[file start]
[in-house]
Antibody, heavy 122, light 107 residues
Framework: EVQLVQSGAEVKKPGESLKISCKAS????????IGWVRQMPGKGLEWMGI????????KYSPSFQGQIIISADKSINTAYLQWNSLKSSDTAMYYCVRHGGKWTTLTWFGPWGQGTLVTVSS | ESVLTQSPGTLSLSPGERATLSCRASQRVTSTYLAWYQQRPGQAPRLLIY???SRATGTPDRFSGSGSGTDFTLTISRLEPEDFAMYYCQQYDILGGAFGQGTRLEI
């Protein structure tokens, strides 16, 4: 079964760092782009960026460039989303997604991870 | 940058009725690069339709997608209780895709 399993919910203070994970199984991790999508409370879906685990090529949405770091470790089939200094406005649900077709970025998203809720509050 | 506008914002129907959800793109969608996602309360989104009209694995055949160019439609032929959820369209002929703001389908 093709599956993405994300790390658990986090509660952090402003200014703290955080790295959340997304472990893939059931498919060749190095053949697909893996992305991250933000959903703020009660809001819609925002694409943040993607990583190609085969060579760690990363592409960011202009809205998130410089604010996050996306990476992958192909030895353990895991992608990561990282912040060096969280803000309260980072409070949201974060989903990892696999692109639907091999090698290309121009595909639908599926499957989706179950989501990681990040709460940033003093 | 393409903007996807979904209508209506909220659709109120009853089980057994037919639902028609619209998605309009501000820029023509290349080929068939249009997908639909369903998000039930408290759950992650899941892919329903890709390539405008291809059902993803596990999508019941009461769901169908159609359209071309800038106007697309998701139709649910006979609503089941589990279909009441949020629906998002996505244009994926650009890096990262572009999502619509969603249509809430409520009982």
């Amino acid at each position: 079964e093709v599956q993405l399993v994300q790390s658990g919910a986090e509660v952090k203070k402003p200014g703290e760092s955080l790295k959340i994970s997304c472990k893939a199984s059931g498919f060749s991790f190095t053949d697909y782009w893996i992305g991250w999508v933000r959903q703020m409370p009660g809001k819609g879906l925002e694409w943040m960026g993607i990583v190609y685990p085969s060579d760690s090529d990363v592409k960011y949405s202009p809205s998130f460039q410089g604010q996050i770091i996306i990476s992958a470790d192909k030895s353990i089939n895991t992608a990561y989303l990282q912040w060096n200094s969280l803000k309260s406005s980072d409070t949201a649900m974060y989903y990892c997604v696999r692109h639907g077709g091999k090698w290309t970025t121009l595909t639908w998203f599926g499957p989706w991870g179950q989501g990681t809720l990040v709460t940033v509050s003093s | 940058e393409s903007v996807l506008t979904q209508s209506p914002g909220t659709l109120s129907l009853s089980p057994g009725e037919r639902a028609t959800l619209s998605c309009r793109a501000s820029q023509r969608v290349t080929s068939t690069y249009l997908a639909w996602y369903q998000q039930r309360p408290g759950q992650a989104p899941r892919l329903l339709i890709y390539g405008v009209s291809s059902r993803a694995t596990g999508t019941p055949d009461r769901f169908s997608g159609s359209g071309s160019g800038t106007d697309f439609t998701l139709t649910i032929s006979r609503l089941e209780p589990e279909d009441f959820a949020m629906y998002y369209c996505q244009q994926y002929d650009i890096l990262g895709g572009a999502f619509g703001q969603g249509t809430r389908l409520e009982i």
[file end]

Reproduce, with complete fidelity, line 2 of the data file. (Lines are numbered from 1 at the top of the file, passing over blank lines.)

Antibody, heavy 122, light 107 residues